On December 11, 2020, the U.S. Conference of Catholic Bishops issued a memorandum addressing the Pfizer and Moderna COVID-19 vaccinations, stating that the reasons to accept the vaccinations are “sufficiently serious to justify their use, despite their remote connection to morally compromised cell lines. In addition, receiving the COVID-19 vaccine ought to be understood as an act of charity toward the other members of our community.
In this way, being vaccinated safely against COVID-19 should be considered an act of love of our neighbor and part of our moral responsibility for the common good.” Further, the Secretariat of Pro-Life Activities states, “neither Pfizer nor Moderna used an abortion-derived cell line in the development or production of the vaccine. However, such a cell line was used to test the efficacy of both vaccines. Thus, while neither vaccine is completely free from any use of abortion-derived cell lines, in these two cases the use is very remote from the initial evil of the abortion…one may receive any of the clinically recommended vaccines in good conscience with the assurance that reception of such vaccines does not involve immoral cooperation in abortion.”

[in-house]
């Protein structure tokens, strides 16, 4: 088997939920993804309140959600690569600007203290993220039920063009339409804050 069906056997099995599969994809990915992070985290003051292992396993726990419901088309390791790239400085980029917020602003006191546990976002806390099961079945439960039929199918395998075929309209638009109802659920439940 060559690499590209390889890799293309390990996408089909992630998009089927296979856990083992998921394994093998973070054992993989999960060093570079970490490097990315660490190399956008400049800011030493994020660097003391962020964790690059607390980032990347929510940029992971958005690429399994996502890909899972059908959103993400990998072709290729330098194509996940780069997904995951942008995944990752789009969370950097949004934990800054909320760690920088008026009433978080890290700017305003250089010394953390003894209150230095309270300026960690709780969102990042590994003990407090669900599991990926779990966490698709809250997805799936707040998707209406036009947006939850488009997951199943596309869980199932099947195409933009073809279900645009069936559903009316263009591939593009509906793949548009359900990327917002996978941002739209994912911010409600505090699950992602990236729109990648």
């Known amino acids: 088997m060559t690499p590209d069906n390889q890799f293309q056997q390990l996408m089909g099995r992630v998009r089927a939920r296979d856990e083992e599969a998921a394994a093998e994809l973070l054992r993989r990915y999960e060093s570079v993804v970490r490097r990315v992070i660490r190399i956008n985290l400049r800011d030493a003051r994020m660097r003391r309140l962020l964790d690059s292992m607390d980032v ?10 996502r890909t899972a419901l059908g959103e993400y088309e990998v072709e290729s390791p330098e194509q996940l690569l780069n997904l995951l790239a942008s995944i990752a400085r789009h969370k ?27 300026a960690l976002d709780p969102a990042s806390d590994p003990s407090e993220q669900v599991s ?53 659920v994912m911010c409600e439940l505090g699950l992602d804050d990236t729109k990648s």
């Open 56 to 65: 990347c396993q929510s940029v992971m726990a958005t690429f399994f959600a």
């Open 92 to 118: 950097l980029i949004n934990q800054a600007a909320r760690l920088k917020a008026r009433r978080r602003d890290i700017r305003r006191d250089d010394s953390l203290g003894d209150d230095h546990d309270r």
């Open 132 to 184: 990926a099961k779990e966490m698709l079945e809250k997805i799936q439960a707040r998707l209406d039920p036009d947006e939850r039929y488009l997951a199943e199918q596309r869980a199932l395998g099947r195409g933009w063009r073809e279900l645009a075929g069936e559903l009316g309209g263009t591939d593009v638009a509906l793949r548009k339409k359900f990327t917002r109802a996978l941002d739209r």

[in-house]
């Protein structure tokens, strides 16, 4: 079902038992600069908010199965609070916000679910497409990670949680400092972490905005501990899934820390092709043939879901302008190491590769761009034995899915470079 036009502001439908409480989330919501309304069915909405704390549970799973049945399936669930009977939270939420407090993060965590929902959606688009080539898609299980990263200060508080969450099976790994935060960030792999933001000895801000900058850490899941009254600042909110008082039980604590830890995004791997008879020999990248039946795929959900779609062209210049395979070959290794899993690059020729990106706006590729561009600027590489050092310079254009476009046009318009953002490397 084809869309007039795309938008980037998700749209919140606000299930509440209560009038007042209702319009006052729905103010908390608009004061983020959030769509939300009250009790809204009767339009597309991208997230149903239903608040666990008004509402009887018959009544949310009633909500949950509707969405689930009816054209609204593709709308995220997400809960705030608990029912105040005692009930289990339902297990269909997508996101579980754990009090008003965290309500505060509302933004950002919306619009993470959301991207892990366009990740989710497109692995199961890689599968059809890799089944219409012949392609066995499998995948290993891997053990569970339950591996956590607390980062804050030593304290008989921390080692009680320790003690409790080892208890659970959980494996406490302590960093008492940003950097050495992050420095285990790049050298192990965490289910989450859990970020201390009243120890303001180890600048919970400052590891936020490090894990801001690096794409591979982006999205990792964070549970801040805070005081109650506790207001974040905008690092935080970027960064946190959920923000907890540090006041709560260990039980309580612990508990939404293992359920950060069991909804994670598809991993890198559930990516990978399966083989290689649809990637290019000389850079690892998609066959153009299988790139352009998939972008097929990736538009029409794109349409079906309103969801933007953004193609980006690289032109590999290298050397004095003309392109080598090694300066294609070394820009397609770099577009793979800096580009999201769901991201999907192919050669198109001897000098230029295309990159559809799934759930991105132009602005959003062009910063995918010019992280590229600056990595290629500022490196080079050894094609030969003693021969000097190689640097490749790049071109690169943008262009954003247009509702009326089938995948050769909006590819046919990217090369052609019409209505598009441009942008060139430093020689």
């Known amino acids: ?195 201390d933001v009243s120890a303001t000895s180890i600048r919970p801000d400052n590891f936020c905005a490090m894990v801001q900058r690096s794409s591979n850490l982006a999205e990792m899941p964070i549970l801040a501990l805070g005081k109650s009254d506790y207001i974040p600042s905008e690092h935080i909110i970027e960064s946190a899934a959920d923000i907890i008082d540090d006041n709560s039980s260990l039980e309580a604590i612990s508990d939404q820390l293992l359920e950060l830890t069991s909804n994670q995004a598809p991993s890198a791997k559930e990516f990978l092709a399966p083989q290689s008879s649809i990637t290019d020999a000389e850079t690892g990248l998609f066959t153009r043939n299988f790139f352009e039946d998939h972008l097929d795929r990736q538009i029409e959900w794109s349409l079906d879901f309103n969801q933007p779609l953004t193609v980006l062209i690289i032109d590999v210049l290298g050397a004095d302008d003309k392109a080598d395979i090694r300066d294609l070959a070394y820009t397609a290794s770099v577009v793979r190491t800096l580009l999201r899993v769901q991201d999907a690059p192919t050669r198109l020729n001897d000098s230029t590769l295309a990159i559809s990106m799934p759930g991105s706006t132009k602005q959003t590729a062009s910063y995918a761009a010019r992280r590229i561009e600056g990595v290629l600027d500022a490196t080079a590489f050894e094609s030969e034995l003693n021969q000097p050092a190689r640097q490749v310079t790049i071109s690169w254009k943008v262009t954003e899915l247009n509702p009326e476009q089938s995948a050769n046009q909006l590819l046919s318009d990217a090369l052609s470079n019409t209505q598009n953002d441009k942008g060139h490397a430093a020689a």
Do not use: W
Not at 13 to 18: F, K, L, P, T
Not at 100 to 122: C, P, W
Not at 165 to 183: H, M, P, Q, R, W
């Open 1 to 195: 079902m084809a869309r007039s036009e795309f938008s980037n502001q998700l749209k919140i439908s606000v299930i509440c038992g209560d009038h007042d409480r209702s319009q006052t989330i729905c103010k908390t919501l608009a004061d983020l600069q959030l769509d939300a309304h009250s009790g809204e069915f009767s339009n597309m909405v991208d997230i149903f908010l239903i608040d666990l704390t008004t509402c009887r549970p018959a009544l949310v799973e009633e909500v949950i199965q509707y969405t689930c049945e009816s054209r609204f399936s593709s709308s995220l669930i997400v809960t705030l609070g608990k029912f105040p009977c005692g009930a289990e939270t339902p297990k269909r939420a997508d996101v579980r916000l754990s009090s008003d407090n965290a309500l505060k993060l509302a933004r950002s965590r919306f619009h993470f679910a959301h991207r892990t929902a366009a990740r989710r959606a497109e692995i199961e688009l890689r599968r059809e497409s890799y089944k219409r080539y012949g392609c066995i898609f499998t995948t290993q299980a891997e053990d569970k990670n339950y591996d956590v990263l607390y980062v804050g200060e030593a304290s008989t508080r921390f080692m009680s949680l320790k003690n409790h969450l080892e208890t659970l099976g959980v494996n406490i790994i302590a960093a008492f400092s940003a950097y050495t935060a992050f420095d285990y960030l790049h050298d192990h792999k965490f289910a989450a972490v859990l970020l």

In response to the Johnson & Johnson COVID-19 vaccine, the U.S. Conference of Catholic Bishops released a statement on March 2, 2021, stating “if one can choose among equally safe and effective COVID-19 vaccines, the vaccine with the least connection to abortion-derived cell lines should be chosen…While we should continue to insist that pharmaceutical companies stop using abortion-derived cell lines, given the world-wide suffering that this pandemic is causing, we affirm, again, that being vaccinated can be an act of charity that serves the common good.”